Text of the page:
With the HIPAA compliance deadline approaching and insurers also looking to cut costs and gain efficiency, Aetna ($43.25 billion in assets, Hartford) took a step towards both goals by beginning implementation of claims automation software that will communicate in HIPAA-compliant ANSI format.
Aetna will use technology from ProxyMed (Fort Lauderdale, FL) to provide 318,000 physicians in its network with the capability to electronically submit and track medical and hospital claims, and eventually verify eligibility and receive referrals and authorizations. Kirk Fisher, head of Aetna's provider connectivity area, says that ProxyMed's FOCUS, a methodology that helps carriers identify and convert small physicians practicesgenerally not as technology advanced as larger practicesfrom paper-based to electronic transactions, will help Aetna with its "paper-conversion growth goals."
Aetna will use ProxyMed's ProxyNet technology, according to Jack Guinan, executive vice president and chief technology officer, ProxyMed. "We are aiming to get the processing of claims in production by the end of September and the remainder of HIPAA-compliant transactions by the end of the year," Guinan says.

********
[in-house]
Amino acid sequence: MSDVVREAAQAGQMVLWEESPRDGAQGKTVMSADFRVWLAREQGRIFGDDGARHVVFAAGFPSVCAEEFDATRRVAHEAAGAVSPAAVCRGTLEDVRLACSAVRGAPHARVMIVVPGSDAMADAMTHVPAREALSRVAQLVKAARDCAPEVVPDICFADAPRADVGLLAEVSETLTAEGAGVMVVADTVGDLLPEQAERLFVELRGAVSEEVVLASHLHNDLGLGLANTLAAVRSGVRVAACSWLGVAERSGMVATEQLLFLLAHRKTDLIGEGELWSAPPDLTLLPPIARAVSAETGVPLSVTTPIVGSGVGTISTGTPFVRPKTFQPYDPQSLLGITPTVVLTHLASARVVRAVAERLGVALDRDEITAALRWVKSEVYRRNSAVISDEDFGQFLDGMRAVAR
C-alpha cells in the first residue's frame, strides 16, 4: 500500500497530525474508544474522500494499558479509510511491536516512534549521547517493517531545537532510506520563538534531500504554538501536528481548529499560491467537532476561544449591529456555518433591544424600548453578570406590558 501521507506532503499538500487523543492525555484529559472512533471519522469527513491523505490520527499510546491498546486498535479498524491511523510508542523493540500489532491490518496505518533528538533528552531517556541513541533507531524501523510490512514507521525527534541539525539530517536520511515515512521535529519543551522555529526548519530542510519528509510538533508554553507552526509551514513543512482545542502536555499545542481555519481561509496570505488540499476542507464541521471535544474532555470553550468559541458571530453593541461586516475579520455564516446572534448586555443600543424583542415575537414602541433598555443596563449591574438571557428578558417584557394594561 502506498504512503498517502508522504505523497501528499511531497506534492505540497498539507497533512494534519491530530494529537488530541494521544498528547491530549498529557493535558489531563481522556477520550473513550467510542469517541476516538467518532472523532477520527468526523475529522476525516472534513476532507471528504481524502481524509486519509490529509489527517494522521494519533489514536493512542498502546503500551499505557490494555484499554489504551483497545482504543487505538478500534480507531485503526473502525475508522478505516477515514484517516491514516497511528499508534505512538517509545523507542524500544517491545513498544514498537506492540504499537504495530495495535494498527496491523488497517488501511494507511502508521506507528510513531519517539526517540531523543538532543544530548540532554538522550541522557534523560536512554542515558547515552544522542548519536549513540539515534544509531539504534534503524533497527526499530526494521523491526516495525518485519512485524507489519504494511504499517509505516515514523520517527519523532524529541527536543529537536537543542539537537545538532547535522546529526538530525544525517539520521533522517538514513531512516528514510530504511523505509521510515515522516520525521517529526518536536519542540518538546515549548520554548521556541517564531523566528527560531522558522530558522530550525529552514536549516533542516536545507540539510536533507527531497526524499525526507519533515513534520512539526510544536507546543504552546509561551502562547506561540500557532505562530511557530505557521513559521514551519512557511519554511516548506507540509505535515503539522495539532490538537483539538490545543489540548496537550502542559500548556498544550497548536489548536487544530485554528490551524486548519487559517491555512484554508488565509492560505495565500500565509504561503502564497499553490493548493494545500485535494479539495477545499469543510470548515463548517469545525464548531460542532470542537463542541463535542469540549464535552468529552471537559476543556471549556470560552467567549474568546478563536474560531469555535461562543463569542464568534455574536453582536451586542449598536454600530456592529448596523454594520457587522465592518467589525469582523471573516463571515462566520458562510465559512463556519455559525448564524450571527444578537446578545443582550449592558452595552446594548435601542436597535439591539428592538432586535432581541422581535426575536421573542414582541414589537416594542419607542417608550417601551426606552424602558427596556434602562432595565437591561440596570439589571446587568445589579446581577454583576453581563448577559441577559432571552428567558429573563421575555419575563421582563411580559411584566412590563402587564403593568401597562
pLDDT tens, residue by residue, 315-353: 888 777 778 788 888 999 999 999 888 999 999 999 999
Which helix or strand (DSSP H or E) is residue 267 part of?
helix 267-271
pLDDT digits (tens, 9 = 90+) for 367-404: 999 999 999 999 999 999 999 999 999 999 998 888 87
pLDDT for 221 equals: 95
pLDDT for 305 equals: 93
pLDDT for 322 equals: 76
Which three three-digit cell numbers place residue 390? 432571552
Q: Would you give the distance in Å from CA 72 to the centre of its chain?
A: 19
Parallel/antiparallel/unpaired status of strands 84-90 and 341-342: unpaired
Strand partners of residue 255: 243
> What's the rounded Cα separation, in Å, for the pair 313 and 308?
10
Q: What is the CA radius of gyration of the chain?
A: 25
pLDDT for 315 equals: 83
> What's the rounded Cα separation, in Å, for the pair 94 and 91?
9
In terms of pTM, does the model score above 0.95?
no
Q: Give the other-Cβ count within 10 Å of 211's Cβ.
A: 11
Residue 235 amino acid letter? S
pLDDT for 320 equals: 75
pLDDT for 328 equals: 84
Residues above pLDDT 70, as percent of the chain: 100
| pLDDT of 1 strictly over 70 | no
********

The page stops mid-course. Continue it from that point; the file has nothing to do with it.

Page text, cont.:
"We will set up an interface to connect to Aetna," says Guinan. "All Aetna has to do is test and certify our interface and our work."
Currently, Guinan says ProxyMed is working with Aetna to target the heaviest users of paper transactions, in an effort to get the physicians to convert to the ProxyNet network.
Greg MacSweeney is editorial director of InformationWeek Financial Services, whose brands include Wall Street & Technology, Bank Systems & Technology, Advanced Trading, and Insurance & Technology. View Full Bio